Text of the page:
More Than 5,400 Children Separated From Their Parents At The Border

SAN DIEGO (AP) – U.S. immigration authorities separated more than 1,500 children from their parents on the border with Mexico at the start of President Donald Trump's government, and the total since July 2017 exceeded 5,400, he said Thursday A civil rights group.

The American Civil Liberties Union (ACLU) explained that the government informed its lawyers that 1,556 minors were separated from their families between July 1, 2017 and June 26, 2018, when a federal judge San Diego ordered that children in government custody meet with their parents.

Finding affected children in that period can be complicated because the government did not have an adequate tracking system. Volunteers working with the ACLU are looking for some of them and their parents door to door in Guatemala and Honduras.

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Of the total number of children away from their families in those 12 months, 207 were less than 5 years old, said Lee Gelernt, an ACLU lawyer, who filed a lawsuit to end this practice. Five were less than one year old, 26 had one, another 40 were two years old, 76 had already turned three and there were 60 more with four.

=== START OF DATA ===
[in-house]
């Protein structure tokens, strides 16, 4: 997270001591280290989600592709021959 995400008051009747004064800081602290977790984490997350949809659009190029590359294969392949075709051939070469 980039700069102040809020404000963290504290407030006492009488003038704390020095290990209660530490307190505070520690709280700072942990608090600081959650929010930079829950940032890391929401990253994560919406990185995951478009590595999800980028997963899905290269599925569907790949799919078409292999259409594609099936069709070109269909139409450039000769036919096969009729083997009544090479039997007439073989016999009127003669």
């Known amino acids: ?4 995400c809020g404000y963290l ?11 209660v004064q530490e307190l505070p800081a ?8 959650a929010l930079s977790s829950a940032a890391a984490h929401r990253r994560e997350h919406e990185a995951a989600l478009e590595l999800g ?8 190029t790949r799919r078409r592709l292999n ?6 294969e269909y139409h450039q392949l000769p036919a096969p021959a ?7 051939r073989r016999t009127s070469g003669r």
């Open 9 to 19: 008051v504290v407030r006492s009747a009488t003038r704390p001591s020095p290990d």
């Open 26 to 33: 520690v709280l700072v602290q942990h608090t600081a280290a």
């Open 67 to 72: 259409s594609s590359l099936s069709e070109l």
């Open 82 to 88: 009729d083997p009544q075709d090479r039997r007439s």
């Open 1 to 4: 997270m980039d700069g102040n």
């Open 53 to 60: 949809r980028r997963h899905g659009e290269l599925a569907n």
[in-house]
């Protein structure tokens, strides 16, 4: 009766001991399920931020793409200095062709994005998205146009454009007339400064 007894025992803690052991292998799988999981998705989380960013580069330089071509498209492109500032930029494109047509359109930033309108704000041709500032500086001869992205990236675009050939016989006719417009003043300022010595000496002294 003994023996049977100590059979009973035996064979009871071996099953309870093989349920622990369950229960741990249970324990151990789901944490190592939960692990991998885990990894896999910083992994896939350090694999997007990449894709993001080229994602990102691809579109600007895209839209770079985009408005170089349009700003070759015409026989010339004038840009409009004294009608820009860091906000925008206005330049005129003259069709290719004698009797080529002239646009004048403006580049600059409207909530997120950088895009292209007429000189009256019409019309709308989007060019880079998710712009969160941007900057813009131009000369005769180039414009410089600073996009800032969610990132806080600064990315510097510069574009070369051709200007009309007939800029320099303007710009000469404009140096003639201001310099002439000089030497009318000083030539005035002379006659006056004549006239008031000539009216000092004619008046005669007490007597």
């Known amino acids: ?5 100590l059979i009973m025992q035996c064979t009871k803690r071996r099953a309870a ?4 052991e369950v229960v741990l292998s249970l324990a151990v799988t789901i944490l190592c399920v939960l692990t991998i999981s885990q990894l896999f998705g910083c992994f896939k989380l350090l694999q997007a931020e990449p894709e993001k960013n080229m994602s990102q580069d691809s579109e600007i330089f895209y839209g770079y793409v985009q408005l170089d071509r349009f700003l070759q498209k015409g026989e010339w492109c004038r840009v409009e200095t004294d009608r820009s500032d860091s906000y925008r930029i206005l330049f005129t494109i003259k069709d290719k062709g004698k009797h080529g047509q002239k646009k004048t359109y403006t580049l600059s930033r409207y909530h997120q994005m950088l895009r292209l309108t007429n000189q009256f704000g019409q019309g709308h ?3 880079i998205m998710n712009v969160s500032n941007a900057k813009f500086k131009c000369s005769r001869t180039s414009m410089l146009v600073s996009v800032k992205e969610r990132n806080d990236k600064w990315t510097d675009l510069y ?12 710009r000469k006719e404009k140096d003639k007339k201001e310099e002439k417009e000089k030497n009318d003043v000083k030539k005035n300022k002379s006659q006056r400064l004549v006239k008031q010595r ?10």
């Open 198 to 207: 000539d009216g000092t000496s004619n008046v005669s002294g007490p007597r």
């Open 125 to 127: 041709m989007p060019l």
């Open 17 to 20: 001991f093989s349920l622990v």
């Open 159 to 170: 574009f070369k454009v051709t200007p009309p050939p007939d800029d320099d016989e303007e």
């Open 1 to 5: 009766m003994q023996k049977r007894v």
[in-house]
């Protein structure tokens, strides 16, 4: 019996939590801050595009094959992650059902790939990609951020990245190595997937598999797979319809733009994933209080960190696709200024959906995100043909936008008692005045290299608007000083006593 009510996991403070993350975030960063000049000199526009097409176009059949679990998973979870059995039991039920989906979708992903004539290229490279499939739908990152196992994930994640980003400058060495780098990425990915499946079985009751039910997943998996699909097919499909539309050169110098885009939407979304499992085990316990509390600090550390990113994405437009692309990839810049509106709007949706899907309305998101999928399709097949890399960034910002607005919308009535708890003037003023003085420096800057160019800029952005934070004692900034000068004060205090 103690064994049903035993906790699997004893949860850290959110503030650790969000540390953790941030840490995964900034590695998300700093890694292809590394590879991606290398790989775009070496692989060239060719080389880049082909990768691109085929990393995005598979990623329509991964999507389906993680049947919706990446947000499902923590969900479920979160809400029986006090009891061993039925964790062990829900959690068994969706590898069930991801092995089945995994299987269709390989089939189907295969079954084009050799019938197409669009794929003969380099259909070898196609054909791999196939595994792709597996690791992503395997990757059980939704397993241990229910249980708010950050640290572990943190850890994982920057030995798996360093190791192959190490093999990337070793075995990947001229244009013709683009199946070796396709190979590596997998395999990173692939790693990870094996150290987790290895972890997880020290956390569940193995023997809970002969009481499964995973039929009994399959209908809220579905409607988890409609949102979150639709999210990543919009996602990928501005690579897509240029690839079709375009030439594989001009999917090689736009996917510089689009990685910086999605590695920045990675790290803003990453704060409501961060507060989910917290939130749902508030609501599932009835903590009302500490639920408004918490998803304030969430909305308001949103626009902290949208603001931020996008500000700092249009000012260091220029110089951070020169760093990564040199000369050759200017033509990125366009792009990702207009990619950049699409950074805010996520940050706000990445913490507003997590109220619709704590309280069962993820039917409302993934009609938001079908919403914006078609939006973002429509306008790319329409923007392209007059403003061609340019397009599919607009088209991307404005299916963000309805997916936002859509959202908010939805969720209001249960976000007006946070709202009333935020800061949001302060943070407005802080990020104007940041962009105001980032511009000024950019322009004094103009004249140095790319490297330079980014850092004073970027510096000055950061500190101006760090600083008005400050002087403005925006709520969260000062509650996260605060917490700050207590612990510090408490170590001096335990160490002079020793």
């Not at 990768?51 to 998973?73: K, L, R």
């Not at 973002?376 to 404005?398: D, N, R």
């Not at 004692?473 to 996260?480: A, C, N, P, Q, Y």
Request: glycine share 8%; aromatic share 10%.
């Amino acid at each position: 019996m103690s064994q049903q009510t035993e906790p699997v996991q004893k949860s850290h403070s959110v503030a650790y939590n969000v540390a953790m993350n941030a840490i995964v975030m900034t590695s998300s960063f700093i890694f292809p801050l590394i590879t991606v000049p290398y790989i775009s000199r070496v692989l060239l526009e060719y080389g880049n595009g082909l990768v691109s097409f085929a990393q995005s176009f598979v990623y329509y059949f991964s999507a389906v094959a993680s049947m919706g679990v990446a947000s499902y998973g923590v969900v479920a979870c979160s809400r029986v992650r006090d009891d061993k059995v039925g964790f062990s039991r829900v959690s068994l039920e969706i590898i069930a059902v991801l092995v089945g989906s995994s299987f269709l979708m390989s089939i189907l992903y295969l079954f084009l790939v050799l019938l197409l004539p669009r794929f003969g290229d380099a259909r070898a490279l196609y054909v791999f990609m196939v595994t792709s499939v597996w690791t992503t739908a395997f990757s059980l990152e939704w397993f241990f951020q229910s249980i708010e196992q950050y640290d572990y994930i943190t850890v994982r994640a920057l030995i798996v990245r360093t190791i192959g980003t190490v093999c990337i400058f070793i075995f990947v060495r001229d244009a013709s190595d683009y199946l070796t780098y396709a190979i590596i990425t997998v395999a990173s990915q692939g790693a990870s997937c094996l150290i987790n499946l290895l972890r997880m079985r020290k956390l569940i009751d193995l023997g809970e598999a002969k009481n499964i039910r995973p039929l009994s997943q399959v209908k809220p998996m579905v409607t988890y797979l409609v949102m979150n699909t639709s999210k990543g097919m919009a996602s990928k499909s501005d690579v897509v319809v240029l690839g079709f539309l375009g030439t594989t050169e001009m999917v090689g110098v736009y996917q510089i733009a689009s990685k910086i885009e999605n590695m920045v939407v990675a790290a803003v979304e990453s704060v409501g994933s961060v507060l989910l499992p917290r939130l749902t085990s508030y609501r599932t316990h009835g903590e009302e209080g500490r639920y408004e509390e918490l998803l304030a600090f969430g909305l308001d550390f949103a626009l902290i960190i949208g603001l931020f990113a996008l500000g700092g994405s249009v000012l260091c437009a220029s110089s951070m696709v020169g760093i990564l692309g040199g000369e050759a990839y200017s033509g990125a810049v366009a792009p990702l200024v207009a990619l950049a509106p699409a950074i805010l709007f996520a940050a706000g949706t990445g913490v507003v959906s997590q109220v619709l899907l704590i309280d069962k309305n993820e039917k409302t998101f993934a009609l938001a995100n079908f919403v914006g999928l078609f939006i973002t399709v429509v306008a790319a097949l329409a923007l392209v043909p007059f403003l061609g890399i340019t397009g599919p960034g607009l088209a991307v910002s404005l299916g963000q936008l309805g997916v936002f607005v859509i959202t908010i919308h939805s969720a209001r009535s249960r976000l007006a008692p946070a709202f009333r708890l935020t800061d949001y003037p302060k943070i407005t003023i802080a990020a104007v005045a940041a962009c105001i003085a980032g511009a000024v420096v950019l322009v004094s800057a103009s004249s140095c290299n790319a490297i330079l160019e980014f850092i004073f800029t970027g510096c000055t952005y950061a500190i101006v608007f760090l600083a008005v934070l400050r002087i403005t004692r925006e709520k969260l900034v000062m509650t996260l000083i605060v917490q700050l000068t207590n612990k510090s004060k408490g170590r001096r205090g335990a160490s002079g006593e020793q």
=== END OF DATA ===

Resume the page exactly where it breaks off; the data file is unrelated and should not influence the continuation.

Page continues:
"It is surprising that 1,556 more families, including infants and young children, join the thousands more that were already separated by this inhuman and illegal policy," Gelernt added. "Families have suffered a lot and some may never recover."

The Justice Department declined to comment.

This count represents a milestone in the count of families that have been affected by Trump's criticized campaign against illegal immigration. The government reported that 2,814 separated children were in their custody on June 26, 2018 and almost all returned with their families.

The internal control agency of the Department of Health said in January that there could be thousands more cases since July 2017, which led district judge Dana Sabraw to give the government six months to identify them. The ACLU said it received the last report with 1,556 names one day before Friday's deadline.

The authorities separated another 1,090 minors since the judge ordered to suspend the practice in June 2018 except in specific circumstances such as the existence of threats to the safety of children or doubts about whether the adult with whom they are traveling is really its parent.

According to the ACLU, the authorities abused this prerogative by dividing families based on dubious accusations and minor transgressions with traffic offenses. The organization asked Sabraw to define in more detail the circumstances that should govern these cases, something that Washington opposed.

With the data revealed on Thursday, the number of children separated from their families since July 2017 amounts to 5,460.

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